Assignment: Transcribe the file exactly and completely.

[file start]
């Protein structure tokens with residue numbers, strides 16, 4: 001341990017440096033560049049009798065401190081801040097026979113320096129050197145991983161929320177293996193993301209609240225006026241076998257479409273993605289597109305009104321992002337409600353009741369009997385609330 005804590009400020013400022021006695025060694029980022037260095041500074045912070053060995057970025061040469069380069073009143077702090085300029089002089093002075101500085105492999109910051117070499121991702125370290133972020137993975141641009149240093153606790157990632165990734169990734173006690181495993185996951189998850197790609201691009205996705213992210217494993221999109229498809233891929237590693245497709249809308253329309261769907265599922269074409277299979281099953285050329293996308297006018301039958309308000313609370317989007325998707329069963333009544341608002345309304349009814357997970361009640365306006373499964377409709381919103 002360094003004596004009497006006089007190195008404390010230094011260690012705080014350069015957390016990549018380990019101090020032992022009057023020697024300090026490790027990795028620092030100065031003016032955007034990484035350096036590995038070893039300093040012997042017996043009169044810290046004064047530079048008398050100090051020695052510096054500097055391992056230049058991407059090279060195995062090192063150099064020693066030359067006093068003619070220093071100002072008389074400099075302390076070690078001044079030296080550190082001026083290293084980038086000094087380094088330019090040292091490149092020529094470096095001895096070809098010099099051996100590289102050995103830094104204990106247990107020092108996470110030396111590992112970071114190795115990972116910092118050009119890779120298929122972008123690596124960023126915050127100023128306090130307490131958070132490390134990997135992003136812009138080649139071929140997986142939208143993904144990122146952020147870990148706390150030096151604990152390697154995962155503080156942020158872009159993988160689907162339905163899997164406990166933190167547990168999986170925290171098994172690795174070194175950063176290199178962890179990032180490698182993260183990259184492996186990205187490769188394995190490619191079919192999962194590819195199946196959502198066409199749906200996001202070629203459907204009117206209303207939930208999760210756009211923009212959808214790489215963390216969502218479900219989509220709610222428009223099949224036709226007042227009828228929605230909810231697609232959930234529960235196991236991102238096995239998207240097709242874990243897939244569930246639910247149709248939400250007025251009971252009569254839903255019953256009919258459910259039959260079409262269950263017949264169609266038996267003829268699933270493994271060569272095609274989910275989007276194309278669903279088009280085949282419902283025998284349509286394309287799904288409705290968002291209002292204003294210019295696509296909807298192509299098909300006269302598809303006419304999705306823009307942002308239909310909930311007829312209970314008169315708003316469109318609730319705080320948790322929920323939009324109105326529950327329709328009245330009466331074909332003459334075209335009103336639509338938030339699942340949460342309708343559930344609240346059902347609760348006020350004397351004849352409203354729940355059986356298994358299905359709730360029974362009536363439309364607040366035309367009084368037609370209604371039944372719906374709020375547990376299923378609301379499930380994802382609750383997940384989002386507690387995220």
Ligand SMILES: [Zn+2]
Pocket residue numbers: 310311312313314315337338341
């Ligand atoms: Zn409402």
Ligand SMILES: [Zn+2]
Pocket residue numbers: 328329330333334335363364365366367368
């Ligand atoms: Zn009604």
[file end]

């Protein structure tokens with residue numbers, strides 16, 4: 001341990017440096033560049049009798065401190081801040097026979113320096129050197145991983161929320177293996193993301209609240225006026241076998257479409273993605289597109305009104321992002337409600353009741369009997385609330 005804590009400020013400022021006695025060694029980022037260095041500074045912070053060995057970025061040469069380069073009143077702090085300029089002089093002075101500085105492999109910051117070499121991702125370290133972020137993975141641009149240093153606790157990632165990734169990734173006690181495993185996951189998850197790609201691009205996705213992210217494993221999109229498809233891929237590693245497709249809308253329309261769907265599922269074409277299979281099953285050329293996308297006018301039958309308000313609370317989007325998707329069963333009544341608002345309304349009814357997970361009640365306006373499964377409709381919103 002360094003004596004009497006006089007190195008404390010230094011260690012705080014350069015957390016990549018380990019101090020032992022009057023020697024300090026490790027990795028620092030100065031003016032955007034990484035350096036590995038070893039300093040012997042017996043009169044810290046004064047530079048008398050100090051020695052510096054500097055391992056230049058991407059090279060195995062090192063150099064020693066030359067006093068003619070220093071100002072008389074400099075302390076070690078001044079030296080550190082001026083290293084980038086000094087380094088330019090040292091490149092020529094470096095001895096070809098010099099051996100590289102050995103830094104204990106247990107020092108996470110030396111590992112970071114190795115990972116910092118050009119890779120298929122972008123690596124960023126915050127100023128306090130307490131958070132490390134990997135992003136812009138080649139071929140997986142939208143993904144990122146952020147870990148706390150030096151604990152390697154995962155503080156942020158872009159993988160689907162339905163899997164406990166933190167547990168999986170925290171098994172690795174070194175950063176290199178962890179990032180490698182993260183990259184492996186990205187490769188394995190490619191079919192999962194590819195199946196959502198066409199749906200996001202070629203459907204009117206209303207939930208999760210756009211923009212959808214790489215963390216969502218479900219989509220709610222428009223099949224036709226007042227009828228929605230909810231697609232959930234529960235196991236991102238096995239998207240097709242874990243897939244569930246639910247149709248939400250007025251009971252009569254839903255019953256009919258459910259039959260079409262269950263017949264169609266038996267003829268699933270493994271060569272095609274989910275989007276194309278669903279088009280085949282419902283025998284349509286394309287799904288409705290968002291209002292204003294210019295696509296909807298192509299098909300006269302598809303006419304999705306823009307942002308239909310909930311007829312209970314008169315708003316469109318609730319705080320948790322929920323939009324109105326529950327329709328009245330009466331074909332003459334075209335009103336639509338938030339699942340949460342309708343559930344609240346059902347609760348006020350004397351004849352409203354729940355059986356298994358299905359709730360029974362009536363439309364607040366035309367009084368037609370209604371039944372719906374709020375547990376299923378609301379499930380994802382609750383997940384989002386507690387995220």
Ligand SMILES: [Zn+2]
Pocket residue numbers: 310311312313314315337338341
């Ligand atoms: Zn409402």
Ligand SMILES: [Zn+2]
Pocket residue numbers: 328329330333334335363364365366367368
């Ligand atoms: Zn009604």